He has been receiving dialysis since he was diagnosed two years ago with chronic kidney disease.
He’s waiting and actively praying for a kidney transplant, but he has no idea if or when that might occur.
Meanwhile, he’s too tired to do many of the activities his young adult counterparts take for granted.
He has spent a lot of time on the seventh floor in Akron Children’s Hospital’s dialysis unit. He’s made friends there. Many of them have gotten kidneys donated and transplanted. They have gone on with their lives while Blackwell is still waiting for his turn to come.
The two discuss favorite songs, how Chris can learn to play them on his guitar, and a host of personal issues that are top of mind for Chris.
Blackwell likes Christian rock songs along with most mainstream pop. He shares with Tobias a few songs that he recently found and liked on YouTube, including Sweetly Broken, by Jeremy Riddle.
“I believe that Chris is deeply connected to music,” said Tobias. “For him, it’s equivalent to a spiritual experience, allowing his mind to become calm and centered. He finds respite and solace in listening to, engaging in and creating music.”
During a recent music therapy session, Tobias writes music notes on index cards. She mixes them up and places them in a make shift dish, an upside down tambourine.
Blackwell picks three randomly and those notes become the foundation for the chords.
Soon, their two voices meet. They jam, singing with musical sounds instead of words. There are many “la, la, la’s” as they work together to figure out the melody, verses and chorus to their new song.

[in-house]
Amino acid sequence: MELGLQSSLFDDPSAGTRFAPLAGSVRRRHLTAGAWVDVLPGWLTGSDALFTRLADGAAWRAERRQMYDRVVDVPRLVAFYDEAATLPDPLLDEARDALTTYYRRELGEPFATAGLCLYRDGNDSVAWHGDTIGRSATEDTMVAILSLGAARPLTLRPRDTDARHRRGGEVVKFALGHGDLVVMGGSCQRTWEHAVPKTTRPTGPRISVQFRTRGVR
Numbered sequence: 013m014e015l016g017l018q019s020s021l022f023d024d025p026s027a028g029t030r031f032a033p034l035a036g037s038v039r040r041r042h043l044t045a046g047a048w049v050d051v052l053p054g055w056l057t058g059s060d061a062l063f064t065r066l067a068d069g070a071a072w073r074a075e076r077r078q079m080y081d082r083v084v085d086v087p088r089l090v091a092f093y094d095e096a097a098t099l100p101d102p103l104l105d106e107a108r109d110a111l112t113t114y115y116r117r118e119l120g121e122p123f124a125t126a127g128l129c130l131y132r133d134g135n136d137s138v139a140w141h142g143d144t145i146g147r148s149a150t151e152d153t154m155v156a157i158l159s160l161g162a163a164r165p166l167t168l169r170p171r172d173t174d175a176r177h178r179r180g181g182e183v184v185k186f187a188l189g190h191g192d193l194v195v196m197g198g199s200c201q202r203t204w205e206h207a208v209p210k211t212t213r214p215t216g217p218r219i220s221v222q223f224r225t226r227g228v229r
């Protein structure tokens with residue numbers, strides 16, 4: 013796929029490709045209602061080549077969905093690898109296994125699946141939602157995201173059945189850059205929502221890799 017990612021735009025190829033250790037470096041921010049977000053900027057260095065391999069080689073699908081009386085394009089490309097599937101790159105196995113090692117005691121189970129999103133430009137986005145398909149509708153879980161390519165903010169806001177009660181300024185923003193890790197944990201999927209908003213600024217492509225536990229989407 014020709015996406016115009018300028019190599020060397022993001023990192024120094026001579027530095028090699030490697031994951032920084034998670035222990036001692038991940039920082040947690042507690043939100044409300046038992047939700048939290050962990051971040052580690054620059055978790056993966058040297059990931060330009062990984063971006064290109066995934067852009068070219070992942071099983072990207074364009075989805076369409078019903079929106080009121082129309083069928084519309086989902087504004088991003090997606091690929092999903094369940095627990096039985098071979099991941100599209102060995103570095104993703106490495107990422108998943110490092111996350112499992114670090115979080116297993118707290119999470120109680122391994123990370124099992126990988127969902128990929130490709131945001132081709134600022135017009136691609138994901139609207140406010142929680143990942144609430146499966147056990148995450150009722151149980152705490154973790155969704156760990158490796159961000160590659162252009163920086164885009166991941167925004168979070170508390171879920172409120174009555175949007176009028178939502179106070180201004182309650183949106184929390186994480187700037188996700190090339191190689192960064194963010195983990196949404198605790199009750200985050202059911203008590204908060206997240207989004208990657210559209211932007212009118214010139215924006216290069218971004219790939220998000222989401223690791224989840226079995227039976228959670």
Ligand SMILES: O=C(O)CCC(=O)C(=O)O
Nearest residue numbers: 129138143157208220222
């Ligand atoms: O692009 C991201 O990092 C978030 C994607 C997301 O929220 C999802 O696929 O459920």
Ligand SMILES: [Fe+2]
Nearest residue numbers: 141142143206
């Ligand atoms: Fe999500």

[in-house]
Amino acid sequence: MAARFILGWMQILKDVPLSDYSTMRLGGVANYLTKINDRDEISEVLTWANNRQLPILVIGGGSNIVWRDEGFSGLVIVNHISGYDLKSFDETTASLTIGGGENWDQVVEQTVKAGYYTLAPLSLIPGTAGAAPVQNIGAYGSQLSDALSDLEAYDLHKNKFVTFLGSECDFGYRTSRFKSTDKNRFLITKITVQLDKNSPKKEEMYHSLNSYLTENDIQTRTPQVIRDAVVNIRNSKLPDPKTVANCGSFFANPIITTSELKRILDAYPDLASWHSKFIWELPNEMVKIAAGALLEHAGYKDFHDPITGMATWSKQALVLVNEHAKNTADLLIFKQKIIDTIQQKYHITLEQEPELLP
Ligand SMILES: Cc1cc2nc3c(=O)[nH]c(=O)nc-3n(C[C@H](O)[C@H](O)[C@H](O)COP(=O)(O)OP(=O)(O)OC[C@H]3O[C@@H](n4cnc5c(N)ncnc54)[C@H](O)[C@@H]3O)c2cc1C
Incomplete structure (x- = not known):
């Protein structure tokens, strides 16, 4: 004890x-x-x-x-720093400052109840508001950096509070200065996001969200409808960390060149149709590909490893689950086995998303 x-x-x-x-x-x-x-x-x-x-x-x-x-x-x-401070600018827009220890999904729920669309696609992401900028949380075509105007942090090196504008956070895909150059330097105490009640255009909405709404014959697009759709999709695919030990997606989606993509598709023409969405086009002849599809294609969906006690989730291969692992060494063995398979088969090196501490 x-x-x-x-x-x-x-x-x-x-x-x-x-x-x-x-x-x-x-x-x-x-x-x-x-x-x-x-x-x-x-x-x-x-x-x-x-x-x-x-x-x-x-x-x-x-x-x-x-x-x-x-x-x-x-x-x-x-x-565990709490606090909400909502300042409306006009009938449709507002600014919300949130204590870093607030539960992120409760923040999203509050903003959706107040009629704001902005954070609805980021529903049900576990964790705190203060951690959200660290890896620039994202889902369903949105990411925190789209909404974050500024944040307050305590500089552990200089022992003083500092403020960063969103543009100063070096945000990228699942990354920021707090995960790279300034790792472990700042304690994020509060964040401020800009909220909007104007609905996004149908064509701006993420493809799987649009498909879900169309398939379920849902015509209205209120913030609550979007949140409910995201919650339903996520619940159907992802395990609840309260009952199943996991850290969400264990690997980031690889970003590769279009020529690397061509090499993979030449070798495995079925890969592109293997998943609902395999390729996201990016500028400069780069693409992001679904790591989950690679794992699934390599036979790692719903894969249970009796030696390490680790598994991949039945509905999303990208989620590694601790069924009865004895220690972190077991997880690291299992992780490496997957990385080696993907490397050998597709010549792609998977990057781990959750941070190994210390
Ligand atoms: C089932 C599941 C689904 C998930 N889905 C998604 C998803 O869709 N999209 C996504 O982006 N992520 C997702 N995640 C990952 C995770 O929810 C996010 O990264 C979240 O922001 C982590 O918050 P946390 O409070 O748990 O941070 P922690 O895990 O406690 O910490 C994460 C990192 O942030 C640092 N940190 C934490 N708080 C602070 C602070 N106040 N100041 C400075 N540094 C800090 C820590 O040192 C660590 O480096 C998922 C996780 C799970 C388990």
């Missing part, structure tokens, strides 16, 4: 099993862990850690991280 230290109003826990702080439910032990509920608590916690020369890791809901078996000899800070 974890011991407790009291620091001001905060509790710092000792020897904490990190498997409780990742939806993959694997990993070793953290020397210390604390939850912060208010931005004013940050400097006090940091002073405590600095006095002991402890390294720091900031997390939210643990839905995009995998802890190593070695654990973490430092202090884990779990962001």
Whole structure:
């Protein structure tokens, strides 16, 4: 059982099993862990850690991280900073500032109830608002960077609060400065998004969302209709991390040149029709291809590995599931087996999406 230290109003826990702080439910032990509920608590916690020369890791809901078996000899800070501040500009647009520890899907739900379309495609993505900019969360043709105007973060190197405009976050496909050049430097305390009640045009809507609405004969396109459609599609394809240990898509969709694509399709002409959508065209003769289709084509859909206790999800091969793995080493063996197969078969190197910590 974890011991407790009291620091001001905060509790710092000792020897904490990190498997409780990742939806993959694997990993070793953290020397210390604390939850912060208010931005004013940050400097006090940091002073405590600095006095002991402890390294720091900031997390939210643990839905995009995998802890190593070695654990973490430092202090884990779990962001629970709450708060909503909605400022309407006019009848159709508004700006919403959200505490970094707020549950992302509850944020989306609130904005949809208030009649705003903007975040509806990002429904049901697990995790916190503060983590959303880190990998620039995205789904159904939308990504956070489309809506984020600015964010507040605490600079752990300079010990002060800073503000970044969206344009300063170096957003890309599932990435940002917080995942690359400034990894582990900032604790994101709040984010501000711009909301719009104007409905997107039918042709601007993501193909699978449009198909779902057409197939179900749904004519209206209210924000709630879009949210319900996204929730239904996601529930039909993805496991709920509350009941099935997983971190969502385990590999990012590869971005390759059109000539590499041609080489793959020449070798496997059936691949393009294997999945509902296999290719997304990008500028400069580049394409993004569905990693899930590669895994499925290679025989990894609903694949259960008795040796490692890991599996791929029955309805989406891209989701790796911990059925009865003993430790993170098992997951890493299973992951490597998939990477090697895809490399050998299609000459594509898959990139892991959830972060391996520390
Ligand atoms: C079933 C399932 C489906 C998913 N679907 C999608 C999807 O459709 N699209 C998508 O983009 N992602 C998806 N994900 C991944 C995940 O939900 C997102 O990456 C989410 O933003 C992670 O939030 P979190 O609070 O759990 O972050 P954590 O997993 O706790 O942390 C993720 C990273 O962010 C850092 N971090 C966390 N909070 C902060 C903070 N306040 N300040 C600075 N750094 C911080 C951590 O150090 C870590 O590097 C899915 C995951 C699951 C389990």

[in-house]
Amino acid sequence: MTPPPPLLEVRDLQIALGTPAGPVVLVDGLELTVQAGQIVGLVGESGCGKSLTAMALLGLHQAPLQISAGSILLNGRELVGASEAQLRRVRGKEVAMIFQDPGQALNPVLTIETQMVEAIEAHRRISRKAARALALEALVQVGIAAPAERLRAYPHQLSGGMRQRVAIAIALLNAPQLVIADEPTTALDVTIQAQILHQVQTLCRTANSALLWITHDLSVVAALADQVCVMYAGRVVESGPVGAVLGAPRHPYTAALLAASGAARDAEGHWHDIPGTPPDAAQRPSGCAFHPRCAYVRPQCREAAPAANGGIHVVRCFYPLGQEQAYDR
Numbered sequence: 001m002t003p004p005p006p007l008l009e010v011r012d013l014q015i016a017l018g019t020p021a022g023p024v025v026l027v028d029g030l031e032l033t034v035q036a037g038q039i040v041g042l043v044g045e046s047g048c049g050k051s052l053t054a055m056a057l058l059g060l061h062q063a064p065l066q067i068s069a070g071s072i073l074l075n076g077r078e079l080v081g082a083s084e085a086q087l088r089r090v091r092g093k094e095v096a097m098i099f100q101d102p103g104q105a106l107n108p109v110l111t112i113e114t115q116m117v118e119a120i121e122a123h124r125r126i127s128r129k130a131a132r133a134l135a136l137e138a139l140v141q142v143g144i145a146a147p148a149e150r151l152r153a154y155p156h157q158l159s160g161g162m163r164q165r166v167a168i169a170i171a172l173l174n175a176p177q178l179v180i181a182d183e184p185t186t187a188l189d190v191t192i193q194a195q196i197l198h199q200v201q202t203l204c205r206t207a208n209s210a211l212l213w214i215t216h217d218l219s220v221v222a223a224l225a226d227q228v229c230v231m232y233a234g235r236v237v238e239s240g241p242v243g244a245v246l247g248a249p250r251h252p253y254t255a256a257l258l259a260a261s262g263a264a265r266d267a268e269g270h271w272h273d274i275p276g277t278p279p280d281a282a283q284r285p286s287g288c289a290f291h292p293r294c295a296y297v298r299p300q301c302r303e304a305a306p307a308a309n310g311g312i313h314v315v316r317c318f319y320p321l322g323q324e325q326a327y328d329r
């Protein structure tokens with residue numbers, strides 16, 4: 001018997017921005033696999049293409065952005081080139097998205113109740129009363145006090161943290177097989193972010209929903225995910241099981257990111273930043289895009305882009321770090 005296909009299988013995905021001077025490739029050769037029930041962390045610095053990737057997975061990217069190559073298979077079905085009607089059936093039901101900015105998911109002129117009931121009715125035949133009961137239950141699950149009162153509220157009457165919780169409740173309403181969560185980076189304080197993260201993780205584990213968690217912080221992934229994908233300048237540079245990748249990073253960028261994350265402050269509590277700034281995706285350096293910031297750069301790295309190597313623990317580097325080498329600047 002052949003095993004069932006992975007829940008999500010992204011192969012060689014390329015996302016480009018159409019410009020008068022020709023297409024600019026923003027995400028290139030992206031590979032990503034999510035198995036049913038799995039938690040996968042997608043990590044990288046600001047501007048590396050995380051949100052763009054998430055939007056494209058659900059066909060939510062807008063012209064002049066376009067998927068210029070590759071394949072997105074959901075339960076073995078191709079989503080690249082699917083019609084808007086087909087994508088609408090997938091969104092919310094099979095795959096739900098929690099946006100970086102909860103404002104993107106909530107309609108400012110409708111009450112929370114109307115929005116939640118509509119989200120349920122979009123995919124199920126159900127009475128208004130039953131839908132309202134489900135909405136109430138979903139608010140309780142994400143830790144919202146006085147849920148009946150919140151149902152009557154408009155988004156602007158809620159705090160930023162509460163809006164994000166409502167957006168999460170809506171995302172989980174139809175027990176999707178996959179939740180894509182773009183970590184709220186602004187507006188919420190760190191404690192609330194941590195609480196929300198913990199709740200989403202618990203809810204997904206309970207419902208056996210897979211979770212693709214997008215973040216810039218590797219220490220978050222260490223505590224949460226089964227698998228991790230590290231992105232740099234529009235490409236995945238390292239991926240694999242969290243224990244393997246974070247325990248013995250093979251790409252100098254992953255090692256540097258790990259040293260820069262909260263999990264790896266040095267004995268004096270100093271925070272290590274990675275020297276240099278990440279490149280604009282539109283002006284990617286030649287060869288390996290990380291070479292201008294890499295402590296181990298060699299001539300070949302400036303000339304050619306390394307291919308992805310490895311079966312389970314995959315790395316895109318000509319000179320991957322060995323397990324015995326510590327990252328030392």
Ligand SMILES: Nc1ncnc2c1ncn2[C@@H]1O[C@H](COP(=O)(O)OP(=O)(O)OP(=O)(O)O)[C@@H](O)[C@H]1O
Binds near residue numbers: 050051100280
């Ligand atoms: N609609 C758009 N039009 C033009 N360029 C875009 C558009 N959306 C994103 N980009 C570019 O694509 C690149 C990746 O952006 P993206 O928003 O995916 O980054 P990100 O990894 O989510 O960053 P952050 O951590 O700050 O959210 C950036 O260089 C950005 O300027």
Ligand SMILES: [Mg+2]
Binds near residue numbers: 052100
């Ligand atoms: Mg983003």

Before long, they decide to insert some words.
“Love, love, broken love,” they decide should be the first line. “Hear me. Hear me, please. I’ve been broken down and I am waiting to be found. Save me. Save me. Hear me. Hear me.”
All the while, it’s clear that Blackwell has been transported to a better place through music.
“Music therapy gives me joy,” he said after the jam session. “It is a spiritual thing for me. I go back to important life events and how I was feeling at that time. Right now, I feel like I am floating on the clouds.”
Tobias said that her role while working with Blackwell is to focus his energy and help prepare an environment for his creativity to shine through. Soon, the two will create a CD of existing and new music in Akron Children’s expressive therapy center.
“When artists create a representation of their art, it allows for them to express their feelings and release them, get them out and on paper,” Tobias said. “When recorded, the work exists separate from the creator. This allows the person to listen in the future and reflect on that particular time in their life. It also gives a person a sense of accomplishment and something to share with others.”